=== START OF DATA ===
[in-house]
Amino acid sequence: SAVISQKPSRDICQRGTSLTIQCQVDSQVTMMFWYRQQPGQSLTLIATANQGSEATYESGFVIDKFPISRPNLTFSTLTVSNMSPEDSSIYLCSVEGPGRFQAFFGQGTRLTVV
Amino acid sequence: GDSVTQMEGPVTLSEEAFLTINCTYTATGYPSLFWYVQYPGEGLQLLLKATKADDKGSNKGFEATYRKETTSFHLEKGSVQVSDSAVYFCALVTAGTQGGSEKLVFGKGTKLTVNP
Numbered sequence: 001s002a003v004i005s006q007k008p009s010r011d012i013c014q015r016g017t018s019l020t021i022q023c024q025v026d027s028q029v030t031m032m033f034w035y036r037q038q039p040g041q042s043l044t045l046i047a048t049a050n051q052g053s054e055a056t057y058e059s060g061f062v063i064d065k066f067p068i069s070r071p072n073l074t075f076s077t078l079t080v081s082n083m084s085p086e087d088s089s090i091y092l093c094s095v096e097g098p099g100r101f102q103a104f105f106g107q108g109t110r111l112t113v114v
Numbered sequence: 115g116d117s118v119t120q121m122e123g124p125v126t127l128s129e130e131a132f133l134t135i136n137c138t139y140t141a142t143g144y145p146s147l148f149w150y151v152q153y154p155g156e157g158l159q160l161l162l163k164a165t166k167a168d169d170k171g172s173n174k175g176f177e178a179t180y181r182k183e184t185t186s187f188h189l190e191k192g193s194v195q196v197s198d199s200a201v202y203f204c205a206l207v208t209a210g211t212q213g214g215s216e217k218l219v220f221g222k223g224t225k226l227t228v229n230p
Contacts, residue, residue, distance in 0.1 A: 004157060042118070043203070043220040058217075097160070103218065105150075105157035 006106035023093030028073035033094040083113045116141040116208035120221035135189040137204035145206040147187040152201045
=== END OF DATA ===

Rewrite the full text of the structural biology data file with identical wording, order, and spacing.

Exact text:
[in-house]
Amino acid sequence: SAVISQKPSRDICQRGTSLTIQCQVDSQVTMMFWYRQQPGQSLTLIATANQGSEATYESGFVIDKFPISRPNLTFSTLTVSNMSPEDSSIYLCSVEGPGRFQAFFGQGTRLTVV
Amino acid sequence: GDSVTQMEGPVTLSEEAFLTINCTYTATGYPSLFWYVQYPGEGLQLLLKATKADDKGSNKGFEATYRKETTSFHLEKGSVQVSDSAVYFCALVTAGTQGGSEKLVFGKGTKLTVNP
Numbered sequence: 001s002a003v004i005s006q007k008p009s010r011d012i013c014q015r016g017t018s019l020t021i022q023c024q025v026d027s028q029v030t031m032m033f034w035y036r037q038q039p040g041q042s043l044t045l046i047a048t049a050n051q052g053s054e055a056t057y058e059s060g061f062v063i064d065k066f067p068i069s070r071p072n073l074t075f076s077t078l079t080v081s082n083m084s085p086e087d088s089s090i091y092l093c094s095v096e097g098p099g100r101f102q103a104f105f106g107q108g109t110r111l112t113v114v
Numbered sequence: 115g116d117s118v119t120q121m122e123g124p125v126t127l128s129e130e131a132f133l134t135i136n137c138t139y140t141a142t143g144y145p146s147l148f149w150y151v152q153y154p155g156e157g158l159q160l161l162l163k164a165t166k167a168d169d170k171g172s173n174k175g176f177e178a179t180y181r182k183e184t185t186s187f188h189l190e191k192g193s194v195q196v197s198d199s200a201v202y203f204c205a206l207v208t209a210g211t212q213g214g215s216e217k218l219v220f221g222k223g224t225k226l227t228v229n230p
Contacts, residue, residue, distance in 0.1 A: 004157060042118070043203070043220040058217075097160070103218065105150075105157035 006106035023093030028073035033094040083113045116141040116208035120221035135189040137204035145206040147187040152201045